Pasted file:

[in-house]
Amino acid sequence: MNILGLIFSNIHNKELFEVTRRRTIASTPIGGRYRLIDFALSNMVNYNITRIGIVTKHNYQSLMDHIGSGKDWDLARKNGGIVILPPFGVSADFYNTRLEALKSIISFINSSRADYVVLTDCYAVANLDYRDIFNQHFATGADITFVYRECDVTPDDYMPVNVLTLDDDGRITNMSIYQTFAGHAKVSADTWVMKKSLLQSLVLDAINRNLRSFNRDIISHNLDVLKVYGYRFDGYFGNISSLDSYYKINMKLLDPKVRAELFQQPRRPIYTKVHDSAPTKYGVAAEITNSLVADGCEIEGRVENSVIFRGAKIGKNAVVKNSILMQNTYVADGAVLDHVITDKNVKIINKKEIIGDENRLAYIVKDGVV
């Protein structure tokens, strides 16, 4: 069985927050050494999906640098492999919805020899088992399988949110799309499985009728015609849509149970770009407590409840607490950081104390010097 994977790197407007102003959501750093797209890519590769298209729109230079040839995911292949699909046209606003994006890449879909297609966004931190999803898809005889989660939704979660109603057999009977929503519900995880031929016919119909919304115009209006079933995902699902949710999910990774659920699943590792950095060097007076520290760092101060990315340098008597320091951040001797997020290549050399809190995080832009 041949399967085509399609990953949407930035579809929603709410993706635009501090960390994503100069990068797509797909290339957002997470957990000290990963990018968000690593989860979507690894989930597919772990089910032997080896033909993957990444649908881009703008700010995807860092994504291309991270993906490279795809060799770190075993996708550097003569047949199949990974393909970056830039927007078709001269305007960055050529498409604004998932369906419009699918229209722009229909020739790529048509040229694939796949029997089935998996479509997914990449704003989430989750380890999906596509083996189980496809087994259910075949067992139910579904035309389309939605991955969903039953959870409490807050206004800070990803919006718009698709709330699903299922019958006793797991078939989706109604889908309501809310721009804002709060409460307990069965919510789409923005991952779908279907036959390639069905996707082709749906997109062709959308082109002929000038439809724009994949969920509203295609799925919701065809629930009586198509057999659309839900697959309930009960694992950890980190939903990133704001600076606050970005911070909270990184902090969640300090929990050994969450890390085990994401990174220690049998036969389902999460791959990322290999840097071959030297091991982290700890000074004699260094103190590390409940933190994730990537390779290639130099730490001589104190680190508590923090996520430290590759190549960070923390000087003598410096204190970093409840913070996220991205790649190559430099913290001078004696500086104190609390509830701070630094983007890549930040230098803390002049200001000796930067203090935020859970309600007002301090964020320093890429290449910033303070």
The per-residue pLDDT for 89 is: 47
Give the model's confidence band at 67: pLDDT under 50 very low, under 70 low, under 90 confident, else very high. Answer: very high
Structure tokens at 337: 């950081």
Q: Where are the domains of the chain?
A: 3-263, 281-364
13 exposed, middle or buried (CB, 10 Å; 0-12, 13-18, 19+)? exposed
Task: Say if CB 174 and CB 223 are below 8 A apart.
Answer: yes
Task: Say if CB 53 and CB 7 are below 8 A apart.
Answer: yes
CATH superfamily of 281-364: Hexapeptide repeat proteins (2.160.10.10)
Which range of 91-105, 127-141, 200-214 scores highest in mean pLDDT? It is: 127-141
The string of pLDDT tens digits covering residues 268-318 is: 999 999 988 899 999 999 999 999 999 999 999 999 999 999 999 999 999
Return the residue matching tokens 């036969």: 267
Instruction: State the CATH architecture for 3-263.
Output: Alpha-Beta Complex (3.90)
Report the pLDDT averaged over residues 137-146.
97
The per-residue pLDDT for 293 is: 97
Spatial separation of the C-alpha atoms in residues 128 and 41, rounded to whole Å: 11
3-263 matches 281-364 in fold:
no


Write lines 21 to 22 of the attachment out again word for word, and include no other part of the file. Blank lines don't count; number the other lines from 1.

97
The per-residue pLDDT for 293 is: 97